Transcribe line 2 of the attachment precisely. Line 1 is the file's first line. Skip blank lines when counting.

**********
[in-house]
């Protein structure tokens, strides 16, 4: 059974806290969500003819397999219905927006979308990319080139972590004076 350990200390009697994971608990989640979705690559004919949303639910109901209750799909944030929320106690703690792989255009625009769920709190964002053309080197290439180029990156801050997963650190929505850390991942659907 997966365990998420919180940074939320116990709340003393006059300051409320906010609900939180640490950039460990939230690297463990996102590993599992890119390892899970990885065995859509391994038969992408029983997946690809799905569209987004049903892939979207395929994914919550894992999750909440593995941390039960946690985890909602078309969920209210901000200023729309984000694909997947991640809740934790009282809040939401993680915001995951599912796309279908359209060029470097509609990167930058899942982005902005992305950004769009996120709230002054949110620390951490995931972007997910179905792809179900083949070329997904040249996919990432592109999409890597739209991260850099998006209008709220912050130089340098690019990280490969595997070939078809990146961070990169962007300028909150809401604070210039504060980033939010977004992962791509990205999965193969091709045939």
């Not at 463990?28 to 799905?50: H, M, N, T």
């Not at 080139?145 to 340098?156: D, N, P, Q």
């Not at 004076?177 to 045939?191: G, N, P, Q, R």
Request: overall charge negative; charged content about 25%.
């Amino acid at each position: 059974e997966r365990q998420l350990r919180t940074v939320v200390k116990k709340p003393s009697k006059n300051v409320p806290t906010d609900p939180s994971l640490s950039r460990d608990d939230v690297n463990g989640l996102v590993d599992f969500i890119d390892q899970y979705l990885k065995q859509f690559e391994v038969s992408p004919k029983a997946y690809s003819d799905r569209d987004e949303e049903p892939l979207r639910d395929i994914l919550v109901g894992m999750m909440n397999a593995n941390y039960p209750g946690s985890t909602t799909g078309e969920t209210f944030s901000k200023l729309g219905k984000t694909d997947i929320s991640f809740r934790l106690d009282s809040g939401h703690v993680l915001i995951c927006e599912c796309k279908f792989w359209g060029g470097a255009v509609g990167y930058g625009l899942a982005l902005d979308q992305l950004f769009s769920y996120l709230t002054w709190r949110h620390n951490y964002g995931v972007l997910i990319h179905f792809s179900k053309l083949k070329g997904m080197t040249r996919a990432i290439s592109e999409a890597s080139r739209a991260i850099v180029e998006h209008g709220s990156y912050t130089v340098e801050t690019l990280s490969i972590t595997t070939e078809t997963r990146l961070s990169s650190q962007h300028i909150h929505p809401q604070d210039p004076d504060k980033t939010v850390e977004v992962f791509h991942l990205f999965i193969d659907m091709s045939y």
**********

């Protein structure tokens, strides 16, 4: 059974806290969500003819397999219905927006979308990319080139972590004076 350990200390009697994971608990989640979705690559004919949303639910109901209750799909944030929320106690703690792989255009625009769920709190964002053309080197290439180029990156801050997963650190929505850390991942659907 997966365990998420919180940074939320116990709340003393006059300051409320906010609900939180640490950039460990939230690297463990996102590993599992890119390892899970990885065995859509391994038969992408029983997946690809799905569209987004049903892939979207395929994914919550894992999750909440593995941390039960946690985890909602078309969920209210901000200023729309984000694909997947991640809740934790009282809040939401993680915001995951599912796309279908359209060029470097509609990167930058899942982005902005992305950004769009996120709230002054949110620390951490995931972007997910179905792809179900083949070329997904040249996919990432592109999409890597739209991260850099998006209008709220912050130089340098690019990280490969595997070939078809990146961070990169962007300028909150809401604070210039504060980033939010977004992962791509990205999965193969091709045939």